Brian Hardzinski

KGOU Digital News Editor/Morning Edition Host

Brian Hardzinski grew up in Flower Mound, Texas but came to the University of Oklahoma for college. He began his career at KGOU as an unpaid student intern assisting with various production and operations tasks, before spending two years producing and hosting Assignment: Radio and occasionally filling in during All Things Considered.

Brian joined KGOU full time in 2009 as the station's Operations and Public Service Announcement Director. He began regularly hosting Morning Edition in 2014, and became the station's first Digital News Editor in 2015. Brian’s work with KGOU has been honored by Public Radio News Directors Incorporated (PRNDI), the Oklahoma Association of Broadcasters, the Oklahoma Associated Press Broadcasters, and local and regional chapters of the Society of Professional Journalists.

Brian graduated from OU in 2008 with degrees in Broadcast Journalism and History. A Norman resident, Brian enjoys competing in triathlons, distance running, playing tennis, and entertaining his rambunctious Boston Terrier named Bucky.

Ways to Connect

Lynne Miller campaign sign
Brian Hardzinski / KGOU

Voters across Oklahoma went to the polls yesterday for mostly local elections. Here’s a brief recap of some of the more significant races we’re following:

New Norman Mayor, Council Runoff

Norman will have a new mayor and two new city council members, but two of the three candidates for the Ward 6 post are headed to a runoff.

Oklahoma Forestry Services

Firefighters and emergency responders are working to contain blazes in northwest and central Oklahoma as extremely low humidity, 40 mile-per-hour wind gusts, and very warm temperatures converge to create the perfect conditions for the spread of wildfires.

Updated 4/7/2016, 9:06 a.m.

Gov. Mary Fallin declared a state of emergency Wednesday for 10 more Oklahoma counties affected by the ongoing wildfires in the northwest corner of the state.

A laptop computer with an online retailer open in the browser window.
Brian Hardzinski / KGOU

The House Appropriations and Budget Subcommittee on Revenue and Taxation approved a bill Monday concerning the collection of online sales tax in Oklahoma.

Buddy Hield guards freshman Austin Grandstaff during Thursday's practice in Norman before the Sooners departed for Houston.
Storme Jones / KGOU

The University of Oklahoma's Buddy Hield won the James Naismith Trophy as the nation's top college basketball player.

The Atlanta Tipoff Club made the Sunday, one day after Hield was held to just nine points in the Sooners' 95-51 loss to Villanova University in Saturday evening's Final Four matchup.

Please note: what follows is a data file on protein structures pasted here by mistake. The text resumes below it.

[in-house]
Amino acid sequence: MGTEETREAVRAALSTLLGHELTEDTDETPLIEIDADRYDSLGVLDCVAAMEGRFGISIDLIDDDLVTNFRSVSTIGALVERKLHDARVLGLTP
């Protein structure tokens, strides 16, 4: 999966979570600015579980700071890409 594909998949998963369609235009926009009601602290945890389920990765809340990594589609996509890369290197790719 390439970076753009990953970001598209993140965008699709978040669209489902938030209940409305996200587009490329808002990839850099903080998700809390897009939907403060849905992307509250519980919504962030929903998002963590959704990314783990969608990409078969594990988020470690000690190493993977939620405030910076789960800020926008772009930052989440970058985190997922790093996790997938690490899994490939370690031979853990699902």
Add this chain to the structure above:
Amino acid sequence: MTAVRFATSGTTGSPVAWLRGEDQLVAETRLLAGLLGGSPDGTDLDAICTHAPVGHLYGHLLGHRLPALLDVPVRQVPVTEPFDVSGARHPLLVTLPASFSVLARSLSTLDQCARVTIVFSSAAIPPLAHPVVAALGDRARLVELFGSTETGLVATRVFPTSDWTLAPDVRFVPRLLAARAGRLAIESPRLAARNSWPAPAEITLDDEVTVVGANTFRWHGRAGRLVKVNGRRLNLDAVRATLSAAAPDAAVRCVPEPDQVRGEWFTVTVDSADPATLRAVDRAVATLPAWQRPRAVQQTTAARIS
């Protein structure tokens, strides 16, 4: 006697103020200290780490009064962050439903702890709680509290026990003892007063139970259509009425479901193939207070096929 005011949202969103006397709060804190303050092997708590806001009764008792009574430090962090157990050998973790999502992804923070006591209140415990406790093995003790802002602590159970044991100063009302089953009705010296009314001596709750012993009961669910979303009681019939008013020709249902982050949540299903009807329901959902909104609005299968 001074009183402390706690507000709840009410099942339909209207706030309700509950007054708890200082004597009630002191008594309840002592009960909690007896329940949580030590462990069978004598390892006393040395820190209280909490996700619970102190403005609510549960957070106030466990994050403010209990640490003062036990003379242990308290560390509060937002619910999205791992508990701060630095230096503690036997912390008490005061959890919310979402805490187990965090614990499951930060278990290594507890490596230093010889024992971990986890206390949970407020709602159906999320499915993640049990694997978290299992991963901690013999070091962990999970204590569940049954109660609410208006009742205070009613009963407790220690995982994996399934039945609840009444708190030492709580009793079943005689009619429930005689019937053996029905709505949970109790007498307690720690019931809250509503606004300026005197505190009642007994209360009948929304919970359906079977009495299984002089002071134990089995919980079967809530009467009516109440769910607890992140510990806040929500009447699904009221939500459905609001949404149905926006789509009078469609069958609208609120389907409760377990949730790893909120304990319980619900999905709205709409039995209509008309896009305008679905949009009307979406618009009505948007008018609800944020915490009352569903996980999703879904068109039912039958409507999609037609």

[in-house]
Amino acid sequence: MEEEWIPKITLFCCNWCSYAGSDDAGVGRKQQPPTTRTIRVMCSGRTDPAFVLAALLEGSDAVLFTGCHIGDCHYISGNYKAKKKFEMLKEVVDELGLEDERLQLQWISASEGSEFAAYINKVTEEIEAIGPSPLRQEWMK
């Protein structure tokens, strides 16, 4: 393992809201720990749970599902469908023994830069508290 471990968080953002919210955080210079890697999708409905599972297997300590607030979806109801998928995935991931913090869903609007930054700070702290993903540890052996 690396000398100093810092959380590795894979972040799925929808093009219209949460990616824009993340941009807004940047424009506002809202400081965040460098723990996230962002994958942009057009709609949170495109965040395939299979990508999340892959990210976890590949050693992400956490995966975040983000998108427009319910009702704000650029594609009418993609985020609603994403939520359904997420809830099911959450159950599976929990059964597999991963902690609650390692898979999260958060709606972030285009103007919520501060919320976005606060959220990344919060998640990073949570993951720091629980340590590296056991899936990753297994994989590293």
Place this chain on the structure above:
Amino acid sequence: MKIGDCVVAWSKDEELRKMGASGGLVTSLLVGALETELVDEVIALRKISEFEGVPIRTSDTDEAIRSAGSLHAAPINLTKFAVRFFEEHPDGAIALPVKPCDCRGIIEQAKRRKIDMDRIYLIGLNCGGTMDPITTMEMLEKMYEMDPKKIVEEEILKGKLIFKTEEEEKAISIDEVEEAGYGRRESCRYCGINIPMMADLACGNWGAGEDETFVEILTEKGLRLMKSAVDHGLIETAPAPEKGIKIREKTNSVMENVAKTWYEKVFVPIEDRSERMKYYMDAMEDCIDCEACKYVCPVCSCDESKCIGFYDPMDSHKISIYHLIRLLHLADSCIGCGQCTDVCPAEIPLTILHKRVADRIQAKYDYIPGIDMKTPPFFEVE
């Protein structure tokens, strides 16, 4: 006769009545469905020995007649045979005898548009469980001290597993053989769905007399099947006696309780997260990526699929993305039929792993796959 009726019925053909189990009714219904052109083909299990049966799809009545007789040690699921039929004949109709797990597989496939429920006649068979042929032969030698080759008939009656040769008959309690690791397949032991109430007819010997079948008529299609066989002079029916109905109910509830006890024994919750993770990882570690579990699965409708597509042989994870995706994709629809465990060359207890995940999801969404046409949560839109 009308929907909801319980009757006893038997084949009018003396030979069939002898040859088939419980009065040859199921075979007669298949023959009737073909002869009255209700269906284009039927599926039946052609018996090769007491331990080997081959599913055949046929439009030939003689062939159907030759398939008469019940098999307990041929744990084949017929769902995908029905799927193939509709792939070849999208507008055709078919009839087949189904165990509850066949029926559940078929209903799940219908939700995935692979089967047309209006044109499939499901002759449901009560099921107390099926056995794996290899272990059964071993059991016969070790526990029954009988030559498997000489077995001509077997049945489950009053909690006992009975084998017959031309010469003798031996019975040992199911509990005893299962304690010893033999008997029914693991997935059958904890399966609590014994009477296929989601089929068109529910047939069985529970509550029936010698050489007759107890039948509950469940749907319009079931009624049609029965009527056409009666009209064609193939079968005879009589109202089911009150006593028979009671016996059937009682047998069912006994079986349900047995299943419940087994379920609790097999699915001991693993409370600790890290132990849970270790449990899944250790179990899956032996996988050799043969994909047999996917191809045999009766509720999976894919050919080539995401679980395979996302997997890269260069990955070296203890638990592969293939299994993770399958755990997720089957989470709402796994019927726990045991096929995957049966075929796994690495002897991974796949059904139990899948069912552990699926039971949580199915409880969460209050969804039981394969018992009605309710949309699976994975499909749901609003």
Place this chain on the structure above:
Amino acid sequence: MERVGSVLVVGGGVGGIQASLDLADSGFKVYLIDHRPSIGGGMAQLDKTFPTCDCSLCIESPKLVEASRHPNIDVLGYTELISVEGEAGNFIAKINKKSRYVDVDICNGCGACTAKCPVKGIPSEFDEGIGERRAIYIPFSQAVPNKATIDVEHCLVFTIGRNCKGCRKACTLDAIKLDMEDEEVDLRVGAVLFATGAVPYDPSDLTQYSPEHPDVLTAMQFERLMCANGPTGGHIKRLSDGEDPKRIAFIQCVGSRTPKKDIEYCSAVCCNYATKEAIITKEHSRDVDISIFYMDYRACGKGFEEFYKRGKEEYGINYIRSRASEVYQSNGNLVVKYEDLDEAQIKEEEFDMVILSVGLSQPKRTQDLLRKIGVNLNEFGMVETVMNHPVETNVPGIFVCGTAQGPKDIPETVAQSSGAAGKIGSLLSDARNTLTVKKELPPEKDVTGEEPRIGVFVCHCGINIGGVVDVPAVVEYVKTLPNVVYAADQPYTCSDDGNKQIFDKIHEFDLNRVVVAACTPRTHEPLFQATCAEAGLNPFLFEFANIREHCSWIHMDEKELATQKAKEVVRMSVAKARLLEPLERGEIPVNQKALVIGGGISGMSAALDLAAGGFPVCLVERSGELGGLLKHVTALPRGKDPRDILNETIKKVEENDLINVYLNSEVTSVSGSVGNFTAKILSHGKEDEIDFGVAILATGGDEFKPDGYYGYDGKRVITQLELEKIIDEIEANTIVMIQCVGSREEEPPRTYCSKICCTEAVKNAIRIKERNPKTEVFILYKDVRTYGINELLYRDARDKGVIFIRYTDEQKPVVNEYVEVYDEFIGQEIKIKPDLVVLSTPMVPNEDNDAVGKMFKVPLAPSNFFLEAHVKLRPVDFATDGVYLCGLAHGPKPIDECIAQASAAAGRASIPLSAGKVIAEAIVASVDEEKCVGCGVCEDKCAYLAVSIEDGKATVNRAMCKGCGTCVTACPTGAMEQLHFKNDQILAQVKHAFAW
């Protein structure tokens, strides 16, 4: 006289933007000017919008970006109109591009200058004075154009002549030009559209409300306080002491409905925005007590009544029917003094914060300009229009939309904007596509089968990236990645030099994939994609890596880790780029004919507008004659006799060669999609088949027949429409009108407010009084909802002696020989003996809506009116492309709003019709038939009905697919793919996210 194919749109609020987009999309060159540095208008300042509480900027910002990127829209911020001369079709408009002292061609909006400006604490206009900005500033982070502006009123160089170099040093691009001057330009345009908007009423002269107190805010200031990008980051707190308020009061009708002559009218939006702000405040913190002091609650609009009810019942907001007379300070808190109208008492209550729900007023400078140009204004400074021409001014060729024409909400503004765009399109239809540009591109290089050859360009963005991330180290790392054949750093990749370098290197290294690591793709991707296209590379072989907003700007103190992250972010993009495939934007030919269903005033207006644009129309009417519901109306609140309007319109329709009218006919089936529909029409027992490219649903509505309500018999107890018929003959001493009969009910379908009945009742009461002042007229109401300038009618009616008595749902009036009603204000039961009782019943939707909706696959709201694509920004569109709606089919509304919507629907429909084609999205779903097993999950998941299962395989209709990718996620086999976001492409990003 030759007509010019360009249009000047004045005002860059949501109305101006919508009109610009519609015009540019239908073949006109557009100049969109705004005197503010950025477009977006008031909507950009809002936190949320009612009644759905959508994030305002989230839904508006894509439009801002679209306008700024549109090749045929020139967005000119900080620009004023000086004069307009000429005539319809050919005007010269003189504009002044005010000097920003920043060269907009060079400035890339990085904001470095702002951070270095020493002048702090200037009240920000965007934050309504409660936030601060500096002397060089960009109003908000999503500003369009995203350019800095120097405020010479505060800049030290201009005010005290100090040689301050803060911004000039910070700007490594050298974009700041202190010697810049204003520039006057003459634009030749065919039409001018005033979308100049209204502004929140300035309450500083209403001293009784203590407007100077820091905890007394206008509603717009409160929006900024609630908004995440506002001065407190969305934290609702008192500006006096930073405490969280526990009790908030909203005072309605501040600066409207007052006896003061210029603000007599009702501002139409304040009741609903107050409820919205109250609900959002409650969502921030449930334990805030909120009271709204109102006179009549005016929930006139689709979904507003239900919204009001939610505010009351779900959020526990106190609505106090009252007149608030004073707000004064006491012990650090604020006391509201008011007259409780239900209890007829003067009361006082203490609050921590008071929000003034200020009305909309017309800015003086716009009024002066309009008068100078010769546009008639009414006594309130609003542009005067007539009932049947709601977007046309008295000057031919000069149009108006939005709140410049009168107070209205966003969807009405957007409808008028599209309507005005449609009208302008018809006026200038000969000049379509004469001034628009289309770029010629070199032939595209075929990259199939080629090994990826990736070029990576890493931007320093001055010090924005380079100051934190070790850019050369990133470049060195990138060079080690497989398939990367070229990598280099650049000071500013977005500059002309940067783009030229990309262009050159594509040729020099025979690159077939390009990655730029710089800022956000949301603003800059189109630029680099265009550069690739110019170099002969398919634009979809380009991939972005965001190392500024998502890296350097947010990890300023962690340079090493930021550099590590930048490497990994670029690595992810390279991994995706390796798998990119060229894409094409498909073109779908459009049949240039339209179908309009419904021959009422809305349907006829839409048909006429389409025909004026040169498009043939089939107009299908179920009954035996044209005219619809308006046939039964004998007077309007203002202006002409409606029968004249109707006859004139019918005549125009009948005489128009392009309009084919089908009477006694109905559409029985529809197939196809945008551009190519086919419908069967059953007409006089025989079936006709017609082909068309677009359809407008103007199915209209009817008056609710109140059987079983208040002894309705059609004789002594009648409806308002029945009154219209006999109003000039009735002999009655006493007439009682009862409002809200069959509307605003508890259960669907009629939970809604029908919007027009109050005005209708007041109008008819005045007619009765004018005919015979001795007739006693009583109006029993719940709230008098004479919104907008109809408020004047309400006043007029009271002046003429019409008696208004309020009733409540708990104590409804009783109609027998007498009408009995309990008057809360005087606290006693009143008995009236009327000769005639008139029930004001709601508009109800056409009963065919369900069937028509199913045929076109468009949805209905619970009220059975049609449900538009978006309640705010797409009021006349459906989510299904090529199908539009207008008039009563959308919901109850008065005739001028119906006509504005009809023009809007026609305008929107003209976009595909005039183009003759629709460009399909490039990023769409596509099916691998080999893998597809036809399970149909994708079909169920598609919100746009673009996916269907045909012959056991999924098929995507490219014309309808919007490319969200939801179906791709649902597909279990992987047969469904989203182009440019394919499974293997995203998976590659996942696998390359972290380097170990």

elementary school library
Jacob McCleland / KGOU

The top Republican in the Oklahoma House pledged education cuts in the Fiscal Year 2017 budget won’t exceed 5 percent.

House Speaker Jeff Hickman, R-Fairview, said his GOP colleagues want to send a message to local schools.

State Rep. Mike Christian during a 2013 press conference at the state Capitol.
Oklahoma House

A state lawmaker surprised his colleagues Thursday by levying allegations of corruption against his former employer.

State Rep. Mike Christian, R-Oklahoma City, is a retired state trooper with the Oklahoma Highway Patrol, which is overseen by the Department of Public Safety. Near the end of a committee meeting on Thursday, Christian read from a prepared statement, saying he would file a complaint against the Department of Public Safety.

Debbie Chastain holds her the hand of her grandson Justus Sklyer Cobbs at the Joseph Harp Correctional Center, Saturday, March 12, 2016, in Lexington, Okla.
Sarah Phipps / The Oklahoman

Four stories that were trending or generated discussion online or on KGOU’s social media platforms during the past week.

Suzette Grillot and Rebecca Cruise discuss two sides of international education. China has charged an education advocate in Tibet with inciting separatism, and a one-room basement library in Afghanistan is providing books to citizens once ruled by the Taliban.

Then contributor Joshua Landis talks with Jeffrey Mankoff from the Center for Strategic and International Studies. He argues the U.S. tried to outsource solving the Ukraine crisis onto German Chancellor Angela Merkel. They’ll also discuss Russia’s involvement in Syria.

SandRidge Energy
Brian Hardzinski / KGOU

One of Oklahoma City’s major energy producers unveiled its latest earnings reports earlier this week.

It wasn’t good news – it really hasn’t been for any of the state’s energy giants as they continue to feel the effects of this nearly two-year downturn in commodity prices . On Tuesday, SandRidge Energy announced it lost $74 million in the fourth quarter of 2015 – down 58 percent year-over-year and missing Wall Street expectations.

Jeffrey Mankoff during an October 2014 Center for Strategic and International Studies forum on Russia's war, Ukraine's history, and the West's options.
Center for Strategic and International Studies / Flickr (CC BY-NC-SA 2.0)

Russia rapidly moved to the front of the world stage when President Vladimir Putin returned to power in 2012, setting off an adversarial relationship with the West not seen since Cold War tensions thawed in the 1980s.

The country’s ascendancy includes the 2014 invasion of Ukraine’s Crimea region, and a greater role in Syria on the side of the regime of Bashar al-Assad. Syria is fighting rebels opposed to Assad’s minority Alawite-led government as well as Islamic State, or ISIS, militants bent on establishing a caliphate in the Middle East.

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